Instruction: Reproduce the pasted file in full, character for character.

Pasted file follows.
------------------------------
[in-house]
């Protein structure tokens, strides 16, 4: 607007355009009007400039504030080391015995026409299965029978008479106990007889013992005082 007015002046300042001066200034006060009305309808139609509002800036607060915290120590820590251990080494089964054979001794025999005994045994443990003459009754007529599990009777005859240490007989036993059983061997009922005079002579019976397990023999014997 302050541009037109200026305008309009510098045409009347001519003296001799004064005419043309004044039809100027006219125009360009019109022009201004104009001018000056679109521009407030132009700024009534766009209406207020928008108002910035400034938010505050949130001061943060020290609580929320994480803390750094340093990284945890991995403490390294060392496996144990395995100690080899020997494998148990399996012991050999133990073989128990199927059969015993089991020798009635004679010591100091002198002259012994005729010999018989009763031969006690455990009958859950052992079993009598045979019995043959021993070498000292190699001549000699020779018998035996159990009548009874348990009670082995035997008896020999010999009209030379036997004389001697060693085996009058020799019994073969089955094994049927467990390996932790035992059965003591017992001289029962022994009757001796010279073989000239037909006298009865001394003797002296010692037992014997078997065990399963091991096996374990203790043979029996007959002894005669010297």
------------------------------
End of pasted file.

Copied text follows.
[in-house]
């Protein structure tokens, strides 16, 4: 607007355009009007400039504030080391015995026409299965029978008479106990007889013992005082 007015002046300042001066200034006060009305309808139609509002800036607060915290120590820590251990080494089964054979001794025999005994045994443990003459009754007529599990009777005859240490007989036993059983061997009922005079002579019976397990023999014997 302050541009037109200026305008309009510098045409009347001519003296001799004064005419043309004044039809100027006219125009360009019109022009201004104009001018000056679109521009407030132009700024009534766009209406207020928008108002910035400034938010505050949130001061943060020290609580929320994480803390750094340093990284945890991995403490390294060392496996144990395995100690080899020997494998148990399996012991050999133990073989128990199927059969015993089991020798009635004679010591100091002198002259012994005729010999018989009763031969006690455990009958859950052992079993009598045979019995043959021993070498000292190699001549000699020779018998035996159990009548009874348990009670082995035997008896020999010999009209030379036997004389001697060693085996009058020799019994073969089955094994049927467990390996932790035992059965003591017992001289029962022994009757001796010279073989000239037909006298009865001394003797002296010692037992014997078997065990399963091991096996374990203790043979029996007959002894005669010297």